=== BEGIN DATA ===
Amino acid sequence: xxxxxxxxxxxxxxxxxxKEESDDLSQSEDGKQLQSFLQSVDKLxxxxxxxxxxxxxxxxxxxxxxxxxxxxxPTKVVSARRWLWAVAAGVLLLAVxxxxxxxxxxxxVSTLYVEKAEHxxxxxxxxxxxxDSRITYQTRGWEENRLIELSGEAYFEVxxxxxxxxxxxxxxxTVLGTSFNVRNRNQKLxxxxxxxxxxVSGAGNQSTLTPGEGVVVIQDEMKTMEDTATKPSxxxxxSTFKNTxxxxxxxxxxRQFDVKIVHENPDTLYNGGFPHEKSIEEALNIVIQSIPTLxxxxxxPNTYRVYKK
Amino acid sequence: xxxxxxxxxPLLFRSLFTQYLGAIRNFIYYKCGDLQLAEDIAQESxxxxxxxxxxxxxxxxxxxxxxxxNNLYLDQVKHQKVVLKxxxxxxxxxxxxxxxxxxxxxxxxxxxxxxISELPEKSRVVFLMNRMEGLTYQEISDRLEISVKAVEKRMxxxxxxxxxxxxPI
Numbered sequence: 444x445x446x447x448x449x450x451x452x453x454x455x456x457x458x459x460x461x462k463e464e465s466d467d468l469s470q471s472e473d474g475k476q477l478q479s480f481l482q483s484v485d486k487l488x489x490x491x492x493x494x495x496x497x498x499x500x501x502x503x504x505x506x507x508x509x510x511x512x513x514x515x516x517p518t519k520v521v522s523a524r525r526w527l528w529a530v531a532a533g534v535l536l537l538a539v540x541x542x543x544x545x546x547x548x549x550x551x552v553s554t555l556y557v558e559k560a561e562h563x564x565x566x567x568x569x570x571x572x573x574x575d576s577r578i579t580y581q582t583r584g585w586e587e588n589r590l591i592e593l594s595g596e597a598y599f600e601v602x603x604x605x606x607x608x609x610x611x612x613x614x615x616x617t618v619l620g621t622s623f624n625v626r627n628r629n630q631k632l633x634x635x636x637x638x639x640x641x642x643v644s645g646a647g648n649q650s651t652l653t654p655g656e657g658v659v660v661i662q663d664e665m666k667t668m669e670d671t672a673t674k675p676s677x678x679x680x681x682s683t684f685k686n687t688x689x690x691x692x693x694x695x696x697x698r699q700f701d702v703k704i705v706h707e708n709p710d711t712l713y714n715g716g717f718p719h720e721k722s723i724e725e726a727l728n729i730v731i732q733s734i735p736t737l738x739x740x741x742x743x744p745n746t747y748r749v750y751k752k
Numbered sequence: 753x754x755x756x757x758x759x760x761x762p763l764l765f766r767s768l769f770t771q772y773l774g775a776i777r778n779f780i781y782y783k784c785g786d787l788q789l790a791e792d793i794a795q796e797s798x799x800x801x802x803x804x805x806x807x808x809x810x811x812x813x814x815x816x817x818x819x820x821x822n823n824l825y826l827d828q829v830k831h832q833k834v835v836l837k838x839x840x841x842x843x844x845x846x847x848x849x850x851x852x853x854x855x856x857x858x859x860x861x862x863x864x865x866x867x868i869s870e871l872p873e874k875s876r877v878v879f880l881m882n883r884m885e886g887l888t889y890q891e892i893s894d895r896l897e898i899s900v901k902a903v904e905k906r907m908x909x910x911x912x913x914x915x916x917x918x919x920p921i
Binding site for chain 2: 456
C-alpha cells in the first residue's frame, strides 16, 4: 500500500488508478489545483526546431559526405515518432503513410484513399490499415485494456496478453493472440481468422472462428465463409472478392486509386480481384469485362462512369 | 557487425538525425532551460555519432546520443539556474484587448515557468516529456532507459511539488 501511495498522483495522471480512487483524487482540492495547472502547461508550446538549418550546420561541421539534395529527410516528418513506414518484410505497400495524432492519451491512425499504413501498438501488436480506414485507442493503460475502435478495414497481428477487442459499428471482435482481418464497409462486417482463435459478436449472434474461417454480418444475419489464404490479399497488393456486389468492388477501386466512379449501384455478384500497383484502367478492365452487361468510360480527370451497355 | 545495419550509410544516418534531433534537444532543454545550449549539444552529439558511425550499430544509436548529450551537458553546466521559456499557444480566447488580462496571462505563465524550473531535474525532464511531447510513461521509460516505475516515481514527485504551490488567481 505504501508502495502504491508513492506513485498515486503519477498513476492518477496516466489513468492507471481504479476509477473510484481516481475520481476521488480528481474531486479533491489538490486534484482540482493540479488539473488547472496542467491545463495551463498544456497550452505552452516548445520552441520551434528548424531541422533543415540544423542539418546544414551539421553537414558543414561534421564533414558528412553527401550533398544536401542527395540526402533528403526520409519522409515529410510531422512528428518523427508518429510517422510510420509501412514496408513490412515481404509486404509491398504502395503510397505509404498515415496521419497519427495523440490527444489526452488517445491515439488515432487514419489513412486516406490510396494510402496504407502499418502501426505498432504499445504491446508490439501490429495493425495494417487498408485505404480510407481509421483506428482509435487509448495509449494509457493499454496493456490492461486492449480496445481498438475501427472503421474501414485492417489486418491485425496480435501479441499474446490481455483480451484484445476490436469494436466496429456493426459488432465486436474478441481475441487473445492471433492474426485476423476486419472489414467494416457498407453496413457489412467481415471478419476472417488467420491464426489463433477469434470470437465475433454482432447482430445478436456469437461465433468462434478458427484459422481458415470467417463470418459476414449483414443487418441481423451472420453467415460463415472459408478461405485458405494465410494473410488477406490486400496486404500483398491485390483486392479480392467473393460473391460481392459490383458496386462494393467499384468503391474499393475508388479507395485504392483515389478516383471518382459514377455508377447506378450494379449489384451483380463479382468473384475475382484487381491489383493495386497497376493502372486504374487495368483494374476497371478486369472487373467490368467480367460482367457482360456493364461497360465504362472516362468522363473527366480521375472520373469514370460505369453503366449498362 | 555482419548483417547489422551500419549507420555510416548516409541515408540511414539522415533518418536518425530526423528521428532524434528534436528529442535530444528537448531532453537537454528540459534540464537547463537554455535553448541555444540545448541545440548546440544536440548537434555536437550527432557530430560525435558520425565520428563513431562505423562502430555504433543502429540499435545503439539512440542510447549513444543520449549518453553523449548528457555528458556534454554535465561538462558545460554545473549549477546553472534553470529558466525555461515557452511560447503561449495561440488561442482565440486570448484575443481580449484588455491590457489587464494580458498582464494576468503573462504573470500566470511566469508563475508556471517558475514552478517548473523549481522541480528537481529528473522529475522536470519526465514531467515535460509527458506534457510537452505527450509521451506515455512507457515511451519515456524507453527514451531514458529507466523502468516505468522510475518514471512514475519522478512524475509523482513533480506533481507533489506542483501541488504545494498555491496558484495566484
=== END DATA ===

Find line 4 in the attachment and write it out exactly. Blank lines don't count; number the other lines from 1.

Numbered sequence: 753x754x755x756x757x758x759x760x761x762p763l764l765f766r767s768l769f770t771q772y773l774g775a776i777r778n779f780i781y782y783k784c785g786d787l788q789l790a791e792d793i794a795q796e797s798x799x800x801x802x803x804x805x806x807x808x809x810x811x812x813x814x815x816x817x818x819x820x821x822n823n824l825y826l827d828q829v830k831h832q833k834v835v836l837k838x839x840x841x842x843x844x845x846x847x848x849x850x851x852x853x854x855x856x857x858x859x860x861x862x863x864x865x866x867x868i869s870e871l872p873e874k875s876r877v878v879f880l881m882n883r884m885e886g887l888t889y890q891e892i893s894d895r896l897e898i899s900v901k902a903v904e905k906r907m908x909x910x911x912x913x914x915x916x917x918x919x920p921i